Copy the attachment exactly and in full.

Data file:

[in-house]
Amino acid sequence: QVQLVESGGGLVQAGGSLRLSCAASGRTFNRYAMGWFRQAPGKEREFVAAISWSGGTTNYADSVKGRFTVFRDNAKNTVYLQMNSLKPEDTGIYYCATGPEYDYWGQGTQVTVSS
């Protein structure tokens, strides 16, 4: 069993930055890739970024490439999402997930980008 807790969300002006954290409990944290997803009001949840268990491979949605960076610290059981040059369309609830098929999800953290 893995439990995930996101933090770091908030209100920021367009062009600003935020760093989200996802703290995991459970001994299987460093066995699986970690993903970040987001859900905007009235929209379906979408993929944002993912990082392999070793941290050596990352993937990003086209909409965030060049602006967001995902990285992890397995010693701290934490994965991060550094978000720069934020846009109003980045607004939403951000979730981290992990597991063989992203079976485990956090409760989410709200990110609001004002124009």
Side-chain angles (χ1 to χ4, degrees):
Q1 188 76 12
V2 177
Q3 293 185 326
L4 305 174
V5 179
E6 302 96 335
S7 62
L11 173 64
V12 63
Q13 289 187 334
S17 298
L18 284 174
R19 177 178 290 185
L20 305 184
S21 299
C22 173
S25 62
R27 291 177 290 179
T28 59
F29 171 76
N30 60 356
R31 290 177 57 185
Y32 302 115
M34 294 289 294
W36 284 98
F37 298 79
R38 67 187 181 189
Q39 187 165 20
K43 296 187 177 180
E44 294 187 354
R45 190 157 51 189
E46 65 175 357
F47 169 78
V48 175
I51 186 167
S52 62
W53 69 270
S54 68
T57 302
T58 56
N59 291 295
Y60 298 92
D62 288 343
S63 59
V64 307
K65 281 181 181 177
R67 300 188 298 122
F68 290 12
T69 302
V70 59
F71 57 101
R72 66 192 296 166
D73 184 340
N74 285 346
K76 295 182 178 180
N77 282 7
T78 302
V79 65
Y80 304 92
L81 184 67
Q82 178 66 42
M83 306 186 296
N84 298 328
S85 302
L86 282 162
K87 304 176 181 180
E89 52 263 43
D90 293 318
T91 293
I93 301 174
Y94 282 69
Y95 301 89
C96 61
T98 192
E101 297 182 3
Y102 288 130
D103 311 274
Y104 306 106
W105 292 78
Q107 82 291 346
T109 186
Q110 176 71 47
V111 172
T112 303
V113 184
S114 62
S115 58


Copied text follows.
[in-house]
Amino acid sequence: QVQLVESGGGLVQAGGSLRLSCAASGRTFNRYAMGWFRQAPGKEREFVAAISWSGGTTNYADSVKGRFTVFRDNAKNTVYLQMNSLKPEDTGIYYCATGPEYDYWGQGTQVTVSS
């Protein structure tokens, strides 16, 4: 069993930055890739970024490439999402997930980008 807790969300002006954290409990944290997803009001949840268990491979949605960076610290059981040059369309609830098929999800953290 893995439990995930996101933090770091908030209100920021367009062009600003935020760093989200996802703290995991459970001994299987460093066995699986970690993903970040987001859900905007009235929209379906979408993929944002993912990082392999070793941290050596990352993937990003086209909409965030060049602006967001995902990285992890397995010693701290934490994965991060550094978000720069934020846009109003980045607004939403951000979730981290992990597991063989992203079976485990956090409760989410709200990110609001004002124009």
Side-chain angles (χ1 to χ4, degrees):
Q1 188 76 12
V2 177
Q3 293 185 326
L4 305 174
V5 179
E6 302 96 335
S7 62
L11 173 64
V12 63
Q13 289 187 334
S17 298
L18 284 174
R19 177 178 290 185
L20 305 184
S21 299
C22 173
S25 62
R27 291 177 290 179
T28 59
F29 171 76
N30 60 356
R31 290 177 57 185
Y32 302 115
M34 294 289 294
W36 284 98
F37 298 79
R38 67 187 181 189
Q39 187 165 20
K43 296 187 177 180
E44 294 187 354
R45 190 157 51 189
E46 65 175 357
F47 169 78
V48 175
I51 186 167
S52 62
W53 69 270
S54 68
T57 302
T58 56
N59 291 295
Y60 298 92
D62 288 343
S63 59
V64 307
K65 281 181 181 177
R67 300 188 298 122
F68 290 12
T69 302
V70 59
F71 57 101
R72 66 192 296 166
D73 184 340
N74 285 346
K76 295 182 178 180
N77 282 7
T78 302
V79 65
Y80 304 92
L81 184 67
Q82 178 66 42
M83 306 186 296
N84 298 328
S85 302
L86 282 162
K87 304 176 181 180
E89 52 263 43
D90 293 318
T91 293
I93 301 174
Y94 282 69
Y95 301 89
C96 61
T98 192
E101 297 182 3
Y102 288 130
D103 311 274
Y104 306 106
W105 292 78
Q107 82 291 346
T109 186
Q110 176 71 47
V111 172
T112 303
V113 184
S114 62
S115 58